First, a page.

Indeed, the SDF’s purported villainy was so vaudevillian I wholly expected a reveal in which they proved to be freedom fighters and righteous revolutionaries a la the colonial Americans, and Earth the domineering colonial power whose populace was pacified through perfidious propaganda – with Reyes slowly realizing such as he continued to encounter the alleged adversaries. Most of what I was assuming propaganda came in the form of blurbs during loading screens – witnessed most often between the player’s death and respawn. Repeatedly we’re told that the primary antagonist, Admiral Kotch, coined the SDF’s official mantra, “Death is no disgrace.” The extremism implicit in such is explicated repeatedly throughout the story, continuously establishing Kotch’s willingness to sacrifice the lives of his own men wantonly in the name of his cause. As such, Reyes’ valuation of the lives of his subordinates initially created a clear contrast to Kotch. Yet as mentioned, Reyes’ arc is entirely about him understanding the necessity of sending some of his men to certain death, from commanding kamikaze crashes to remote detonating E3N (who despite being a robot is the game’s most human and empathetic character). Based on the structure of the story and where the plot leaves its protagonist, “Death is no disgrace” is in fact the very thesis it argues for. That it put’s such in the mouth of its main foe is not problematic in itself, except for the fact that there seems to be no deliberate dark mirroring of Reyes and Kotch that would justify this juxtaposition. Kotch is a slightly more sinister space Hitler, save for the fact that his primary precept is precisely the main message of the game, an irony by all indications entirely unintentional.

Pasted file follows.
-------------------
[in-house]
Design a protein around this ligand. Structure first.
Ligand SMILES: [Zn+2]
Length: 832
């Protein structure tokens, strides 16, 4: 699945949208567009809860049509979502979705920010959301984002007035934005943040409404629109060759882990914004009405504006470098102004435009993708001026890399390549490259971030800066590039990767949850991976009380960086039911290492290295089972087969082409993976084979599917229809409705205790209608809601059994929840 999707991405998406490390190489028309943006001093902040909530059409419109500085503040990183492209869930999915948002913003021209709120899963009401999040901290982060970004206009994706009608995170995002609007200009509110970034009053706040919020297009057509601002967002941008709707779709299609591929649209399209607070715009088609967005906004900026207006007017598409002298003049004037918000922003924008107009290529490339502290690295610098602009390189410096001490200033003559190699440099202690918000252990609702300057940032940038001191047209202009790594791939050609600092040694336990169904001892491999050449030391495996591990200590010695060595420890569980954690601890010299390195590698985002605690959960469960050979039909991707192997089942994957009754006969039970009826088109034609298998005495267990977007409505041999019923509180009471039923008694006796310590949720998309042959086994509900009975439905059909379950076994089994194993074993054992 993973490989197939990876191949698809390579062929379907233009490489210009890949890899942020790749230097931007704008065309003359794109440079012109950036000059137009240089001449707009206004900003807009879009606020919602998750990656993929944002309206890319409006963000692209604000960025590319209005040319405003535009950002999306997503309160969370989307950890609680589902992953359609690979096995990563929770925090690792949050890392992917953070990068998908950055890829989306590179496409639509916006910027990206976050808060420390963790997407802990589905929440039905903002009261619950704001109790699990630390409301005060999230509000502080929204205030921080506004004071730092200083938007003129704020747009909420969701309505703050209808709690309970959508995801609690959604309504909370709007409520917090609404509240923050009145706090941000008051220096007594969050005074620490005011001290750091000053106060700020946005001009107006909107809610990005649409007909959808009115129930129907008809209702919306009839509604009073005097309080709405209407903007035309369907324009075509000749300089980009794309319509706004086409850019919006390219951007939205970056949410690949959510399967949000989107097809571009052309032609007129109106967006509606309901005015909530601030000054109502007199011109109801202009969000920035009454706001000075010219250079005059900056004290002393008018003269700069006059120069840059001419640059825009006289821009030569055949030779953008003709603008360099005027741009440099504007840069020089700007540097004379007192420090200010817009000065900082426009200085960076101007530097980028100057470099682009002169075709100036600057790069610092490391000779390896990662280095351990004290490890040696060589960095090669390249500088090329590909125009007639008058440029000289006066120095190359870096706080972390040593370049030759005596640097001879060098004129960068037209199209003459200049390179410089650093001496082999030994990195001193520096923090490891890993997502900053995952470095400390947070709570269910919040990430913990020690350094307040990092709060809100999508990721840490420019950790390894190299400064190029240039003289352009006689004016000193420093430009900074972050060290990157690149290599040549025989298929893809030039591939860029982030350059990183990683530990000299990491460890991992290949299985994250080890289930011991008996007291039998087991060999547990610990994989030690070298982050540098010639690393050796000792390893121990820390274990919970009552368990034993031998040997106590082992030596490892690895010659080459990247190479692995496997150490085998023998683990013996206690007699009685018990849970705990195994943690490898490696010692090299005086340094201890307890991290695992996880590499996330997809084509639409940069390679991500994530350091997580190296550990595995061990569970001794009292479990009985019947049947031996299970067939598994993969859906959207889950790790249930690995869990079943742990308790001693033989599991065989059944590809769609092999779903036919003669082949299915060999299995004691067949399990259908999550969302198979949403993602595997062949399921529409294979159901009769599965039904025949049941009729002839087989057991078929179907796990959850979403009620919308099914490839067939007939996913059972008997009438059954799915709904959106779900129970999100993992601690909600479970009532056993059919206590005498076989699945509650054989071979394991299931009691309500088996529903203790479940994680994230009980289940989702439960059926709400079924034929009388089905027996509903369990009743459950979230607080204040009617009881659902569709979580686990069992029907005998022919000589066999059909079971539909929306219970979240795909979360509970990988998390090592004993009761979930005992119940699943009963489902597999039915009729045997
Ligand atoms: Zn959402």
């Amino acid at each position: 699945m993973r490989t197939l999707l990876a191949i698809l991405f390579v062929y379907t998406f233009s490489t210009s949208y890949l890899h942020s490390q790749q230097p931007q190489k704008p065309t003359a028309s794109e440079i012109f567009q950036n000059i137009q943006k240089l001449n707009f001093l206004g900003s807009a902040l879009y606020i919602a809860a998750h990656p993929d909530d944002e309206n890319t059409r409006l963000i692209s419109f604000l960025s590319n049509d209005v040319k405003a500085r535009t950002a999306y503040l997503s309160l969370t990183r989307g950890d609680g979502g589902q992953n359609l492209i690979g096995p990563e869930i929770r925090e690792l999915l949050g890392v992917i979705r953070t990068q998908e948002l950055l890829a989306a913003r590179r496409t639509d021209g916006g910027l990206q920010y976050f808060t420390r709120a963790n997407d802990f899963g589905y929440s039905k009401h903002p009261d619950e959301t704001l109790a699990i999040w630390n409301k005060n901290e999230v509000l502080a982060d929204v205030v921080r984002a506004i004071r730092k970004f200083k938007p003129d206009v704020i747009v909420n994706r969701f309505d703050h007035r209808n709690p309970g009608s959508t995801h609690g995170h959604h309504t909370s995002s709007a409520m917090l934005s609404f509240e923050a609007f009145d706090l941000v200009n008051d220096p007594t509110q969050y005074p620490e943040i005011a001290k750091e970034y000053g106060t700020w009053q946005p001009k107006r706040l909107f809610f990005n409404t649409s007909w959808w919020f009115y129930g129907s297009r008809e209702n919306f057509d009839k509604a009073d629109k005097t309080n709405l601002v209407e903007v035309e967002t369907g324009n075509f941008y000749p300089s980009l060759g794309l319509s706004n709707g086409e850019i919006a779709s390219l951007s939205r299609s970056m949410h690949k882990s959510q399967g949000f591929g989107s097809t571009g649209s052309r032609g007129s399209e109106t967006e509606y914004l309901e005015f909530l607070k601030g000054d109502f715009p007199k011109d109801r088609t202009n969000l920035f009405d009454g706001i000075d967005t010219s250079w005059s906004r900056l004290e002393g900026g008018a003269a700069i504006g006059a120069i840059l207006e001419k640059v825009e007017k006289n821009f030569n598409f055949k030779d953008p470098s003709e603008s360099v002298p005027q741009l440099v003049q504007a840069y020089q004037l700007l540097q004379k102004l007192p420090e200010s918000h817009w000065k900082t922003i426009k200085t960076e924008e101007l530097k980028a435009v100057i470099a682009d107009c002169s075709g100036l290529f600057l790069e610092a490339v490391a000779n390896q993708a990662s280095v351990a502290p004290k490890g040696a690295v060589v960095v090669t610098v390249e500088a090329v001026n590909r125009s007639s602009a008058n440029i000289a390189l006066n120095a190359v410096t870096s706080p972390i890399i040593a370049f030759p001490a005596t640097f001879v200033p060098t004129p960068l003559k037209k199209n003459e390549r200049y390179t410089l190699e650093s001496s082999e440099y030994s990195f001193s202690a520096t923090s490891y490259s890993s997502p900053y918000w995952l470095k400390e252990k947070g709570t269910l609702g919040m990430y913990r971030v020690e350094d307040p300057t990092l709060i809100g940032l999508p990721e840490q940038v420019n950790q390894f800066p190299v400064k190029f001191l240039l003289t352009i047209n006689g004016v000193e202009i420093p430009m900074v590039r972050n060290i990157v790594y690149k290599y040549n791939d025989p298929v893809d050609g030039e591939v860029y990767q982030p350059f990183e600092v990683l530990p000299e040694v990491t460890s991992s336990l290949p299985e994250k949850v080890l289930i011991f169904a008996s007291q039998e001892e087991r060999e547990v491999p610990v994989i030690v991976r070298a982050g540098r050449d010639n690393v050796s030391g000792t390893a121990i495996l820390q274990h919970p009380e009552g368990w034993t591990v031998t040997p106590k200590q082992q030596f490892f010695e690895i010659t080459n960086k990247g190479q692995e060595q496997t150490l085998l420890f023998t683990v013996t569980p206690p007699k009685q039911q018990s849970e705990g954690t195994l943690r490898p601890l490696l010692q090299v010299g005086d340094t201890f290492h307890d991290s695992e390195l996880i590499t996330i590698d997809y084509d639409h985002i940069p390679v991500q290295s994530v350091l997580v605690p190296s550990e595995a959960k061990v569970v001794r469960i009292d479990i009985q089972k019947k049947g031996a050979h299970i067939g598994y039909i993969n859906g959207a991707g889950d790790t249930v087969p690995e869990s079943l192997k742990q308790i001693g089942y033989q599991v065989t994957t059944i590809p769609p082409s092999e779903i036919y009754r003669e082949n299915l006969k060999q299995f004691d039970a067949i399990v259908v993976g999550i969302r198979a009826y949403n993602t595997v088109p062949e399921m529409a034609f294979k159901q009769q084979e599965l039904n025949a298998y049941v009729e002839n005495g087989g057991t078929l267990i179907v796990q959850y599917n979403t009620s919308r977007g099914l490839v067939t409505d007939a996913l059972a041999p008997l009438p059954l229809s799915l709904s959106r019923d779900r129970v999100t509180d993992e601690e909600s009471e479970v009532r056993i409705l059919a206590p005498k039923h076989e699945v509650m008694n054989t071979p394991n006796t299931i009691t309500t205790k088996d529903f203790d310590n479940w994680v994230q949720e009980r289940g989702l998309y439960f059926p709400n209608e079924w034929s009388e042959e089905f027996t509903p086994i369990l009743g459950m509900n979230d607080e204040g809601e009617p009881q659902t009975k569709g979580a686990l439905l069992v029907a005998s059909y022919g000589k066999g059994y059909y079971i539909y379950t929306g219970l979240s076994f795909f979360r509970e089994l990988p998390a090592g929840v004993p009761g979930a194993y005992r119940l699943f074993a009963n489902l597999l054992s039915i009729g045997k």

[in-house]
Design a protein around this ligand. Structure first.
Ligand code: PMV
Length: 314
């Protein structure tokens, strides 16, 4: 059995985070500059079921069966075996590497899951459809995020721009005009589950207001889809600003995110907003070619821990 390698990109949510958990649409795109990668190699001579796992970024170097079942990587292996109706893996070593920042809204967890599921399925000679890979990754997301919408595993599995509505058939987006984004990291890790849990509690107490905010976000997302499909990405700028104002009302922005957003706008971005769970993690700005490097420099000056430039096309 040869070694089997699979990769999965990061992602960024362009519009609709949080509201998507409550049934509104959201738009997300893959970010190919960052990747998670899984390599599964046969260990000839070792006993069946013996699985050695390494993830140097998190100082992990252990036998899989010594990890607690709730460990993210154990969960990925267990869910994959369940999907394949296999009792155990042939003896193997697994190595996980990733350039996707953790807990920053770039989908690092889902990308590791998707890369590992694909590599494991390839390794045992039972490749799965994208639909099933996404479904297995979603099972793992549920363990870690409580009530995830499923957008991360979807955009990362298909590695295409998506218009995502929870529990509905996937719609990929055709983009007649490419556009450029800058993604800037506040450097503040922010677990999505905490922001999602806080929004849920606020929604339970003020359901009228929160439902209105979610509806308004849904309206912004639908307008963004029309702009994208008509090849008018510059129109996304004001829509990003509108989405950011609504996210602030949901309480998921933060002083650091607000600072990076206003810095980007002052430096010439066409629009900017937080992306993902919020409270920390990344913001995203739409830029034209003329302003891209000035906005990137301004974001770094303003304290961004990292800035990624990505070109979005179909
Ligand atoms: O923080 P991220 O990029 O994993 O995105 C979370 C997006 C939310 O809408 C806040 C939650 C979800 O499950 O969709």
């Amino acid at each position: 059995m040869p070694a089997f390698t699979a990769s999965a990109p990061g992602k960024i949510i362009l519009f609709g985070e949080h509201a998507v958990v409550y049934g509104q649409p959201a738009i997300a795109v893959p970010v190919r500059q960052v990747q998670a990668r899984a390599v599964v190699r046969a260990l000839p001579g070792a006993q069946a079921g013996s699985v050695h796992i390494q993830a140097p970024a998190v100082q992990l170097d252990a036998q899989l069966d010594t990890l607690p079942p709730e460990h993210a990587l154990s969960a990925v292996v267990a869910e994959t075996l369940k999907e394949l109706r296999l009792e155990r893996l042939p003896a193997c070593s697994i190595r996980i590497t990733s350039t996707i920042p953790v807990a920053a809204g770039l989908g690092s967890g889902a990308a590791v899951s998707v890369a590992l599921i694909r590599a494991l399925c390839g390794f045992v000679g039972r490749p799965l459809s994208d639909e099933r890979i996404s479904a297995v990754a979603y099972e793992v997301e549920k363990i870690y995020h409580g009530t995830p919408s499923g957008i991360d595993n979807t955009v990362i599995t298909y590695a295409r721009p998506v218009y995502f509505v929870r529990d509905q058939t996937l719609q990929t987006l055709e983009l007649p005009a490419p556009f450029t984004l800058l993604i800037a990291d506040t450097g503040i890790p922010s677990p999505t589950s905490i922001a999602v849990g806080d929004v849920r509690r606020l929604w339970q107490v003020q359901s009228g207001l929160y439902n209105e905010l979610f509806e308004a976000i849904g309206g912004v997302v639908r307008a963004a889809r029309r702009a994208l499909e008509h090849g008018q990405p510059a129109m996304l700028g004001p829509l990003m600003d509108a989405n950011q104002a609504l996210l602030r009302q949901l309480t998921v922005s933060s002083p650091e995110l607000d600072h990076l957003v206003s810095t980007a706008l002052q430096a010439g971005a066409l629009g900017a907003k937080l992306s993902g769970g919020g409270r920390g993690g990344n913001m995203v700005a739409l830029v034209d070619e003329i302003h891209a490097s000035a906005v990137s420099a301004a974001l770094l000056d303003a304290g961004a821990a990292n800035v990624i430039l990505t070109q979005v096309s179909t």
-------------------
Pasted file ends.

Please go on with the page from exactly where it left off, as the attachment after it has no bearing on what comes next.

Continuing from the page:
This mixed messaging aside, the motto “Death is no disgrace” served to underline the design decision to showcase squad mates consistently sacrificing themselves in the majority of main missions throughout the campaign. Added to the fact that these characters, particularly the marine Sargent Omar, the aforementioned battlebot E3N (“Ethan”), and the player character Nick Reyes, are among the series most distinctly drawn and well written, and Infinite Warfare is easily the most emotionally effecting Call of Duty to date (for whatever that superlative is worth).